The EAC Logistics Sector Skills Enhancement Program builds on the many years of successful implementation of the East Africa Customs and Freight Forwarding Practicing Certificate (EACFFPC).

EACFFPC is a mandatory training program for customs agents and freight forwarders developed jointly in 2007 by freight forwarders under FEAFFA, East Africa Revenue Authorities and the EAC Directorate of Customs.

“More than 6000 customs agents and freight forwarders have graduated from the EACFFPC program across the East Africa since it was launched in 2007” said Elias Baluku, FEAFFA’s Ag. Executive Director as he expressed optimism that the new programme will enable the institution double this number.


Sunday, August 4, 2019

New contraceptive choices for Niger women

By Esther Nakkazi
Niger, a country in central Africa with one of the highest fertility rates in the world has added more contraceptive choices for women in reproductive ages.

The Caya™ diaphragm and Caya™ Gel were launched in Niger in mid-July and mark the first new non-hormonal contraceptive options to become available on the African continent.

They both are non-hormonal, discreet and reusable barrier methods. They were launched in Niger with support from the Expanding Effective Contraceptive Options (EECO) project funded by USAID.

"Women's contraceptive needs change throughout their lives and they need methods that align with their unique circumstances," said Shannon Bledsoe, WCG Executive Director. "The introduction of this on-demand, non-hormonal method gives women in Niger one more contraceptive choice."

The EECO project, led by WCG and implemented in partnership with PSI, was designed to support the introduction of new and improved contraceptive methods that address method-related reasons for non-use of family planning to better meet the reproductive health needs of women and girls worldwide.

The global health nonprofit PATH developed the Caya diaphragm through a human-centered design process to expand women’s access to affordable, nonhormonal contraceptive options in countries across the world.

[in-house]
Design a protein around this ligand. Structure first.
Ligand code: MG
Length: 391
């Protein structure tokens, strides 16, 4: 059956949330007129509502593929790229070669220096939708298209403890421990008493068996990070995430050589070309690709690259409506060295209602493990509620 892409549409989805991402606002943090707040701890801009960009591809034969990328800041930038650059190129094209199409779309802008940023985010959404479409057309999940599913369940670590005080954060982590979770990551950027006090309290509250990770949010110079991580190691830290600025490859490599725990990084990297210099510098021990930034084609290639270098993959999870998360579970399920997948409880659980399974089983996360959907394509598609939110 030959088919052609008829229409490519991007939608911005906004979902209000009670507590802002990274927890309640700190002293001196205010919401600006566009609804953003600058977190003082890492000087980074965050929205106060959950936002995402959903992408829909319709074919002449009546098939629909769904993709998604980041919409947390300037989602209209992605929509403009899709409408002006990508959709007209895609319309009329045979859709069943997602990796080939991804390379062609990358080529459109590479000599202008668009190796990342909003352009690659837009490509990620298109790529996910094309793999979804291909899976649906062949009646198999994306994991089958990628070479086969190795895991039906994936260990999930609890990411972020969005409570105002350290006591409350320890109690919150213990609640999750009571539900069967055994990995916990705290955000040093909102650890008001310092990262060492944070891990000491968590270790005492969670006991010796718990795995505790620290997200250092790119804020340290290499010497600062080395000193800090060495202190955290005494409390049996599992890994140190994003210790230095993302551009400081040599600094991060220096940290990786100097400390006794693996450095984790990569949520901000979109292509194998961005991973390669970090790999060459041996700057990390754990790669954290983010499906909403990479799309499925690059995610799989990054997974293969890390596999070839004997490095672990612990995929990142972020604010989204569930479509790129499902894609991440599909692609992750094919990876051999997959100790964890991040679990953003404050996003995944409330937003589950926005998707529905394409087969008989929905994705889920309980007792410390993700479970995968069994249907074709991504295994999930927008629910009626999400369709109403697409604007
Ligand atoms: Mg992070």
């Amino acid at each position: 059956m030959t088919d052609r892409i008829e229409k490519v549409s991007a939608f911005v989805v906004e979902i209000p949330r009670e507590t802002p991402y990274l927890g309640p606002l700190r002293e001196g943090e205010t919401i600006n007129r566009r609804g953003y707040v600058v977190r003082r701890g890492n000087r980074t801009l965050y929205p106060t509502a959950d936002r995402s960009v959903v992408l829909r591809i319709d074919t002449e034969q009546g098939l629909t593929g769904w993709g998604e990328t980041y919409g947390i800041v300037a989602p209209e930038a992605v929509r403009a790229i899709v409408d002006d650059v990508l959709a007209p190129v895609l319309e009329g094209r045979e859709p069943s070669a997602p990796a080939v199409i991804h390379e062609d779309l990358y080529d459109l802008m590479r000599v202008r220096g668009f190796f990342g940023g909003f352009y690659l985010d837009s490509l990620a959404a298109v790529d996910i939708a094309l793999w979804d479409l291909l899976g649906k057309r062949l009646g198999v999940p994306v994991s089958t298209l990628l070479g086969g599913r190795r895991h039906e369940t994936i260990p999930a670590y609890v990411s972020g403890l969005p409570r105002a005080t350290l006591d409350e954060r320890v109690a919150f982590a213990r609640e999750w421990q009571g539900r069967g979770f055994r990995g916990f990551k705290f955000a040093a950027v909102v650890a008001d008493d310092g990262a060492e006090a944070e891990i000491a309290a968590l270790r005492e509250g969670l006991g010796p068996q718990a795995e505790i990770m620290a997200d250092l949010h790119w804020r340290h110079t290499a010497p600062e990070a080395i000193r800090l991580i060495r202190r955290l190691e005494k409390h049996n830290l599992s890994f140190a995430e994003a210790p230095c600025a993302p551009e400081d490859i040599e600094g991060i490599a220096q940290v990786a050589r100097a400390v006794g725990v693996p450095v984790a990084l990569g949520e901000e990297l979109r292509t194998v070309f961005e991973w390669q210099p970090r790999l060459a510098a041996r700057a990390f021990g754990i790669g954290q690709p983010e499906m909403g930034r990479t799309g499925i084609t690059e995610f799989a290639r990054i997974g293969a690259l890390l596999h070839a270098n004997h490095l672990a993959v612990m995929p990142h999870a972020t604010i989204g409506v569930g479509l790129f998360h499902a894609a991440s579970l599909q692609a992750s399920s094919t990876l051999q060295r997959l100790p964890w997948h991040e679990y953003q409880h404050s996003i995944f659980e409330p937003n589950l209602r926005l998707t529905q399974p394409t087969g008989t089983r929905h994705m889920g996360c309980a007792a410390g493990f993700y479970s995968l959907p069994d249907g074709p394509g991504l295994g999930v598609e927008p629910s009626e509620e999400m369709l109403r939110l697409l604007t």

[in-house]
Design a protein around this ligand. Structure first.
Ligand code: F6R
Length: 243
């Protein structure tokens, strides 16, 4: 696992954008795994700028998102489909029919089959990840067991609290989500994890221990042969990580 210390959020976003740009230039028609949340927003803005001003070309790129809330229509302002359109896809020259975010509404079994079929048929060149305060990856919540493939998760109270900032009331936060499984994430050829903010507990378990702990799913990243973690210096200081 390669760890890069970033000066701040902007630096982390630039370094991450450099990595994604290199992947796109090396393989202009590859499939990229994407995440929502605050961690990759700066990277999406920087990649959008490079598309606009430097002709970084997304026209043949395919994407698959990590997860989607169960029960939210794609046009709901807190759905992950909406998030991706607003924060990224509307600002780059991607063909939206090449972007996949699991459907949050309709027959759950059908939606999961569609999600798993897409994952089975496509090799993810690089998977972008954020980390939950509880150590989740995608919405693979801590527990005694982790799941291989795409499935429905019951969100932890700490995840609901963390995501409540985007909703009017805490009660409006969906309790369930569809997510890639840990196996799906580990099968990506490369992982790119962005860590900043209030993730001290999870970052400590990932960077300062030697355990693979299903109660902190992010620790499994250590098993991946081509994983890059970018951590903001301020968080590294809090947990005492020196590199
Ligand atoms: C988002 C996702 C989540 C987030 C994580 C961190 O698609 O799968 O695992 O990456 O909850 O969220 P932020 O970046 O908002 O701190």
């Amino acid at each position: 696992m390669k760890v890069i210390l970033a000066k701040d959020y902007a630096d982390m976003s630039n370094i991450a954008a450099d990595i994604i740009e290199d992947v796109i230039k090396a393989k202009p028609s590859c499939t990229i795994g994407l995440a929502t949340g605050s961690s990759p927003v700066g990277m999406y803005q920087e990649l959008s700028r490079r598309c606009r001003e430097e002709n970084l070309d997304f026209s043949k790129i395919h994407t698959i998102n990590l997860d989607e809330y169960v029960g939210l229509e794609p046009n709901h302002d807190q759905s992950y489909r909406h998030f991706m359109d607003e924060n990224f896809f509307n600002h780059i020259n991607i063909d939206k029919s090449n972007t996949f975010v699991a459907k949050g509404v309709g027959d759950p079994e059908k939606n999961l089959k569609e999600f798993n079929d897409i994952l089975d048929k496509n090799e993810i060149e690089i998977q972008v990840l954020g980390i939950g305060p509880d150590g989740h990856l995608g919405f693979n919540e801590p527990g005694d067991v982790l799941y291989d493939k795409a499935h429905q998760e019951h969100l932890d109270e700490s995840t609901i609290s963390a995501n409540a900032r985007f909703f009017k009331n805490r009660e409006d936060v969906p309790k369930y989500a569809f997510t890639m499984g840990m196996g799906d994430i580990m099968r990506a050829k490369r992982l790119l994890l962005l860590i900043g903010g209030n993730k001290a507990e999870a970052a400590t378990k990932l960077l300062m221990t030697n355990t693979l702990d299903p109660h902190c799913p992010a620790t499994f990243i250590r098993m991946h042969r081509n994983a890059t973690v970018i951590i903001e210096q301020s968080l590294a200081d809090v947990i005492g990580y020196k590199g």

According to a press statement from WCG, PSI will market and distribute the Caya™ Diaphragm and Caya™ Gel in Niger's capital of Niamey, training community health workers and healthcare providers to offer the method to women alongside other options within the context of informed choice.

It says unlike previous iterations of the diaphragm, the Caya™ Diaphragm is "one size fits most," eliminating the need for a provider fitting in countries like Niger with shortages of trained healthcare providers.

"Our market research shows that women and men desire more contraceptive options that are within their control and have no side effects," said Moumouni Boubacar, EECO Project Manager at PSI Niger. "The Caya™ Diaphragm puts power in the hands of the couple.”

Officials from the project say the diaphragm’s expansion to Niger and planned marketing of the product will lead to greater access within the country and lay the groundwork for expansion to additional countries. The Caya products also recently received regulatory approval in Nigeria.

Since the diaphragm was made available, they have also not reported any cultural or religious issues and women have been particularly drawn to the idea of a method with no side effects that can be used on-demand rather than continuously.

Niger has one of the world's highest fertility rates, with women having more than seven children in their lifetime on average, in part due to extremely low use of contraception.